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Abstract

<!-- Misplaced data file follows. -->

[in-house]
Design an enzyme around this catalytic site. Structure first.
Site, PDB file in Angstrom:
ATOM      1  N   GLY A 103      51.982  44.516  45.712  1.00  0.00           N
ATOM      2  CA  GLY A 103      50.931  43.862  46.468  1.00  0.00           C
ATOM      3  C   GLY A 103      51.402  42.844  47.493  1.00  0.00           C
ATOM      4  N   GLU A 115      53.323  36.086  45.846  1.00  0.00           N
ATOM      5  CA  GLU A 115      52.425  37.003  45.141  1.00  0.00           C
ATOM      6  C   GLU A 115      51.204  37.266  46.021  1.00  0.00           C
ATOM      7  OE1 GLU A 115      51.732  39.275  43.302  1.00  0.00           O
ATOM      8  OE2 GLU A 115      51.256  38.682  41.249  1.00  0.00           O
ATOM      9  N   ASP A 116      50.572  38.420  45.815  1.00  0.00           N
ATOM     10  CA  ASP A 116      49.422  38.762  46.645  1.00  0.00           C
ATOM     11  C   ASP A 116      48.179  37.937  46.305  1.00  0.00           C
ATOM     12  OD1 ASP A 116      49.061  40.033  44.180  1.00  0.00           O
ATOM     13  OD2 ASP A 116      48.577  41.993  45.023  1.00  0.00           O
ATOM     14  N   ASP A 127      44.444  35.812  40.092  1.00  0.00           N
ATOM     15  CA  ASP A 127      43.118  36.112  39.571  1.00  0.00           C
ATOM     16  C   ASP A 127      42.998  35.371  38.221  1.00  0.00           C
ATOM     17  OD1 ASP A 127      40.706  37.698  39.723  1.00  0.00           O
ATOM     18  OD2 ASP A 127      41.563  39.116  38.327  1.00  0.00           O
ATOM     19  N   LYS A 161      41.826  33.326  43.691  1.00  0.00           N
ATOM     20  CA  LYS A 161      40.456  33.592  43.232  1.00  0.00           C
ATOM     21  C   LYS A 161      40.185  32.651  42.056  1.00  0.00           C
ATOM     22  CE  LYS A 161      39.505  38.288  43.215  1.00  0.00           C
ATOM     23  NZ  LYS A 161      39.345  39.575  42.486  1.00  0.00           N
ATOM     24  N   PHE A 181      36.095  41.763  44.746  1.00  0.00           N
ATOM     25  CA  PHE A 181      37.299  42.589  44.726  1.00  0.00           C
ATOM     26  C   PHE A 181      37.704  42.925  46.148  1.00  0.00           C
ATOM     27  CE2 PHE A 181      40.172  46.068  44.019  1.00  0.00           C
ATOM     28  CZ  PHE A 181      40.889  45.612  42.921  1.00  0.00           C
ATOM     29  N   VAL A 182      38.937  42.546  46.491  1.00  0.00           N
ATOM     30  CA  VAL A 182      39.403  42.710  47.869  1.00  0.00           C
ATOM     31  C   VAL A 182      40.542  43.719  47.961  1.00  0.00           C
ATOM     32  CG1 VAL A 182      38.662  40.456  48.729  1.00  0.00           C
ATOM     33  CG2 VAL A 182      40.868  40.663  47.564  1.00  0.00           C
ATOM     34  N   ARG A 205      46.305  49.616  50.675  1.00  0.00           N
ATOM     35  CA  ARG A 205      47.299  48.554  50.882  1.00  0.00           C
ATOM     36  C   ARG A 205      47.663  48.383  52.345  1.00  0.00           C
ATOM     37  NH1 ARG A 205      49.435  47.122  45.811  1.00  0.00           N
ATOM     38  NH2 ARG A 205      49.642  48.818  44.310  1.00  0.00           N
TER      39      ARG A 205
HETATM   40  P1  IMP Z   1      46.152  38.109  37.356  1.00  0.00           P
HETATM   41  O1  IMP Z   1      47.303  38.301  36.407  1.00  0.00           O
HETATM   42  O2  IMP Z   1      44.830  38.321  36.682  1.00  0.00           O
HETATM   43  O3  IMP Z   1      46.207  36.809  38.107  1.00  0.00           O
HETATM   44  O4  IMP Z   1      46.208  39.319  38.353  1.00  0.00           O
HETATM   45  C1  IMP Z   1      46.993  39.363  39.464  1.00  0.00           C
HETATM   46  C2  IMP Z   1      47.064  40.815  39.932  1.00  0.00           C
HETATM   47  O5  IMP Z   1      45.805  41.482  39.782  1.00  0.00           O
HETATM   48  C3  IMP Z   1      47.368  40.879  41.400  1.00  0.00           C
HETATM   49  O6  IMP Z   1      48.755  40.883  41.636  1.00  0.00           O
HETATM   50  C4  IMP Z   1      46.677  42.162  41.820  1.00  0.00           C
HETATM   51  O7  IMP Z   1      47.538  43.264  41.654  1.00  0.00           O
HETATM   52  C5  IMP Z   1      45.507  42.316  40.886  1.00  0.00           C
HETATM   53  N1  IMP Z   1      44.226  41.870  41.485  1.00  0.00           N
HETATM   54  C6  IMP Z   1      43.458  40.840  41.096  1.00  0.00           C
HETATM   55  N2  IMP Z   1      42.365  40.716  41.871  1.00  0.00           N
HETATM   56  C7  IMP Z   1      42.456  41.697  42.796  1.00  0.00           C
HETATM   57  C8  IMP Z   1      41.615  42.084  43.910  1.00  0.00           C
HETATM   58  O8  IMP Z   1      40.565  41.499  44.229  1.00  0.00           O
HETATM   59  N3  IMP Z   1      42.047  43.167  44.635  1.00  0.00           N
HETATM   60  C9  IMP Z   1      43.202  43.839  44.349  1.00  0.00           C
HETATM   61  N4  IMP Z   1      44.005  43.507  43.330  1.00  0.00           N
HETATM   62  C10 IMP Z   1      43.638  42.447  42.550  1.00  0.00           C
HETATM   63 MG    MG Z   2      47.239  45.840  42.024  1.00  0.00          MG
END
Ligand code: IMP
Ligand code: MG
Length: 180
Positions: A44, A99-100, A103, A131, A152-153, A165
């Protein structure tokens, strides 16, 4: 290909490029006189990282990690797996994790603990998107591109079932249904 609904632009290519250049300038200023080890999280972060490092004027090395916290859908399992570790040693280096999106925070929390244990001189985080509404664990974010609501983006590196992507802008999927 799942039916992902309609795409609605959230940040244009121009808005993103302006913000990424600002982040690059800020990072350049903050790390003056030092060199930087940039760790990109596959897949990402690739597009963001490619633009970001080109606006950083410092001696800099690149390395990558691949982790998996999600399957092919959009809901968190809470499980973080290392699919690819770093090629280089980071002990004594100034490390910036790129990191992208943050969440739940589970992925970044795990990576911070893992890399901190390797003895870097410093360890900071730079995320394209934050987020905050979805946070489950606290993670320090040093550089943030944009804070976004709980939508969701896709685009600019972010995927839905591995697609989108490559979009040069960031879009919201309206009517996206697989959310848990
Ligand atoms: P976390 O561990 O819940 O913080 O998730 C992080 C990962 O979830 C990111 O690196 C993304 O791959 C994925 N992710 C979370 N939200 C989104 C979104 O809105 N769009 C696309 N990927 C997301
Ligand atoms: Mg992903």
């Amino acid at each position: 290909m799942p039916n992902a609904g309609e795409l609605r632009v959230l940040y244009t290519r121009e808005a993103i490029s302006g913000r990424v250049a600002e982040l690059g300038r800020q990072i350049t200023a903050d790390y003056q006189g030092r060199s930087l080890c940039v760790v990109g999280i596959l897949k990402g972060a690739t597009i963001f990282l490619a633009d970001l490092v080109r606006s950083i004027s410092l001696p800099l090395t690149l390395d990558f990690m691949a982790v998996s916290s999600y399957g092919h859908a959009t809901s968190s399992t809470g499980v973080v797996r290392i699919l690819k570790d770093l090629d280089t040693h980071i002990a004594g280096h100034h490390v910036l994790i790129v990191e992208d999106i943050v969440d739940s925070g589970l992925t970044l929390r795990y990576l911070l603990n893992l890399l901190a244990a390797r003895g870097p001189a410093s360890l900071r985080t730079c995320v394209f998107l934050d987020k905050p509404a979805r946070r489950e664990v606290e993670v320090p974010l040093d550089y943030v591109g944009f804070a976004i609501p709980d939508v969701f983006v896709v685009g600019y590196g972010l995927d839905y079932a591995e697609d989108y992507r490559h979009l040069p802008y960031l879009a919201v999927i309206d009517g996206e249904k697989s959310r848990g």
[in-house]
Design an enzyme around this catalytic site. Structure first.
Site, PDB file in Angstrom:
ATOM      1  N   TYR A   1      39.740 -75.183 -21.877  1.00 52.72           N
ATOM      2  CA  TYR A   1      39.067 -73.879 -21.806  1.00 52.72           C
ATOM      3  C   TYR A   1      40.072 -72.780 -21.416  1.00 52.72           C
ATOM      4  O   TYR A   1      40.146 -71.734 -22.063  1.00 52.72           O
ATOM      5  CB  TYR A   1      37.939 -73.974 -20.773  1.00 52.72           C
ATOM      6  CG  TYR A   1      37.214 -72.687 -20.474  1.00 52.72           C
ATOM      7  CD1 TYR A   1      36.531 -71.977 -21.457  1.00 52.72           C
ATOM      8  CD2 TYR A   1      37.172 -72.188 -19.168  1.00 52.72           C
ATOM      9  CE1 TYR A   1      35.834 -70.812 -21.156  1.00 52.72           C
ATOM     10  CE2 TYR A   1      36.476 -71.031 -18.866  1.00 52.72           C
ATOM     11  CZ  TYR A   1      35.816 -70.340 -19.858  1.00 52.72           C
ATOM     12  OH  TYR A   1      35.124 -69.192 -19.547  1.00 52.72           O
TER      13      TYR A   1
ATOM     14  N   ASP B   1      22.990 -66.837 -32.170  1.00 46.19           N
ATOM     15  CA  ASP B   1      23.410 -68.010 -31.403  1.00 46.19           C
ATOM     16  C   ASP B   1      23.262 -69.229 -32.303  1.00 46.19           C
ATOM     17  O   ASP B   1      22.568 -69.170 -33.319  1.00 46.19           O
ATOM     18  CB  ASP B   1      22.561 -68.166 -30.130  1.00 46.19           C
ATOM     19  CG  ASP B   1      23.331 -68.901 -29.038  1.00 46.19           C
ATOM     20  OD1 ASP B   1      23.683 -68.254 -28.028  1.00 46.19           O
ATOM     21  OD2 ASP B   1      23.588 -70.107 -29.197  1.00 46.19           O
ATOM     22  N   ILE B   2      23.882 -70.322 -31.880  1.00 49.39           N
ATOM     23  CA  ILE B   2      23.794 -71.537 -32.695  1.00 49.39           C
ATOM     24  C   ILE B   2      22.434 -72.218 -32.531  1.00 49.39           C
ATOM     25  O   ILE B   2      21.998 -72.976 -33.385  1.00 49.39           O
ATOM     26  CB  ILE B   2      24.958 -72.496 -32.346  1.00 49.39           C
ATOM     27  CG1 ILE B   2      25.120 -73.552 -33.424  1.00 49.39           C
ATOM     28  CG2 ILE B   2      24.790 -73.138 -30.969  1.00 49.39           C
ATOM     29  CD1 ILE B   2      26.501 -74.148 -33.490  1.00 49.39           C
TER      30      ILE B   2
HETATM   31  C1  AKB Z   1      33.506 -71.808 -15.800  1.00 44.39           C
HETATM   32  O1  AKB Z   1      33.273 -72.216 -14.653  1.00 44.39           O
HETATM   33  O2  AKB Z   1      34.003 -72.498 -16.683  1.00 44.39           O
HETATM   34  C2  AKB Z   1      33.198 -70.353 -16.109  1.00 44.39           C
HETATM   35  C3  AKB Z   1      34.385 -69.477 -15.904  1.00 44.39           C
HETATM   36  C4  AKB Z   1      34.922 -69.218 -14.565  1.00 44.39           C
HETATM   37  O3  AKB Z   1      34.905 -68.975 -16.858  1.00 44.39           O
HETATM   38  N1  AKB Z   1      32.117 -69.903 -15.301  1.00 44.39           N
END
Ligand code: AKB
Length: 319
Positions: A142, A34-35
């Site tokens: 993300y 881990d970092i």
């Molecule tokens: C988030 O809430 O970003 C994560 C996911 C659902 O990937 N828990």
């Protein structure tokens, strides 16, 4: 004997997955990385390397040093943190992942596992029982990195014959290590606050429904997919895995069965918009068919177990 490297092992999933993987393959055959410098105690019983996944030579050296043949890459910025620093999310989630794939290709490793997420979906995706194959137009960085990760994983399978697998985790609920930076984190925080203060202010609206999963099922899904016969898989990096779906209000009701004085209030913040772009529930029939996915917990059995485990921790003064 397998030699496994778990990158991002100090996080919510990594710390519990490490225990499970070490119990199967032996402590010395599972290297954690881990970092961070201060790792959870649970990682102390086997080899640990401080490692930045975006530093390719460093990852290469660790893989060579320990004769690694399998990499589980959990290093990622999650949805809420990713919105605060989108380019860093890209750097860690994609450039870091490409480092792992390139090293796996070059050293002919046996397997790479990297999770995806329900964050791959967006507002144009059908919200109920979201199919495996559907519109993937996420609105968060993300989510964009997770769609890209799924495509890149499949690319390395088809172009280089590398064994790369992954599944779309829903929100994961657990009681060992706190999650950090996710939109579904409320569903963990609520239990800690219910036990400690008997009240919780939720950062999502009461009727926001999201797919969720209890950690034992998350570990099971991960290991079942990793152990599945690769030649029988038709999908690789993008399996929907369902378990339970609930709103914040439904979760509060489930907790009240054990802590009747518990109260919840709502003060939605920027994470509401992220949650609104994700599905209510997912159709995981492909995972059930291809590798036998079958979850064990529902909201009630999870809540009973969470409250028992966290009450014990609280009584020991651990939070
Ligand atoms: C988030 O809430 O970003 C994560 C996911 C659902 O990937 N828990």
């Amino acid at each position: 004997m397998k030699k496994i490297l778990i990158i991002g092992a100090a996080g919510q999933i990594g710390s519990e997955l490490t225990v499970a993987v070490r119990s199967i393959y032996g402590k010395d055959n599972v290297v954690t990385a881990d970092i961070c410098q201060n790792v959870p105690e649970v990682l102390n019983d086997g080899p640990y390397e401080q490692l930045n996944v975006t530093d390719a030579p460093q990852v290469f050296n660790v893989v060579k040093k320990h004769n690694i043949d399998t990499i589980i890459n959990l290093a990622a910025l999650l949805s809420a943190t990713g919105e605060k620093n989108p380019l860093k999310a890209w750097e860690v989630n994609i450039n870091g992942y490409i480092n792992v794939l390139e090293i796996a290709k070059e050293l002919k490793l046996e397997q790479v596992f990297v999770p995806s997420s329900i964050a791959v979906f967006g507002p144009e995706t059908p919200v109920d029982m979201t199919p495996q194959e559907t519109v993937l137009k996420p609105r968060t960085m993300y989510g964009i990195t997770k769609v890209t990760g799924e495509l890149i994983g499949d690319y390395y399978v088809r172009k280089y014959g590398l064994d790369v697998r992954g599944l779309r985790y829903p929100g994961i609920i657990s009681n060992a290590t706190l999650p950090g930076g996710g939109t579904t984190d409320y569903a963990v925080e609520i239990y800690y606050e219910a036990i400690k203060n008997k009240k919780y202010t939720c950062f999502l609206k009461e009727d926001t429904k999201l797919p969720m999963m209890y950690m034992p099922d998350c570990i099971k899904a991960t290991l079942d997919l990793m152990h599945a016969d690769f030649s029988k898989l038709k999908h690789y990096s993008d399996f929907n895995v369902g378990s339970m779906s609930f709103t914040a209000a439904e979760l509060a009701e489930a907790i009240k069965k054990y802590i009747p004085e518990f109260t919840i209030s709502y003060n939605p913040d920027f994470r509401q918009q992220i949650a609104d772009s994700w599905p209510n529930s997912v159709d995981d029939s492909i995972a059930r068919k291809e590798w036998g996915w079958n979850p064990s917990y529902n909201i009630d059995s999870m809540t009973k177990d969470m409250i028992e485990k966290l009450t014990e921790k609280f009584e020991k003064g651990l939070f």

The aim of this study was to investigate the possible benefit of “temperature-steps” (T-steps) rearing for juvenile turbot (initial weight 15.1 g) under realistic production scale and to determine whether initial growth advantage is maintained throughout the rearing period to market size. One group (called T-step 22-19-16) of juvenile turbot was reared at three different temperatures, that is, 22 C (from 17 to 60 g) followed by 19 C (from 60 to 100 g) and 16 C (>100 g); another group (called T-step 19-16) at two temperatures, that is, 19 C (from 17 to 100 g) and lowered to 16 C (>100 g); and the third group (called C16) at one constant temperature, that is, 16 C. Relative growth was significantly higher in the two T-step groups, with the T-step 19-16 showing the highest overall growth. Feed conversion efficiency was highest in the 19-16 group. Only minor effects of the experimental rearing on blood physiology were found, with one notable exception of inverse relationship between plasma glucose and growth. Overall, these findings indicate that a short interval of rearing fish at high temperature during the early juvenile phase may have a long-term effect on biomass increment in turbot. This is an important finding for the turbot industry.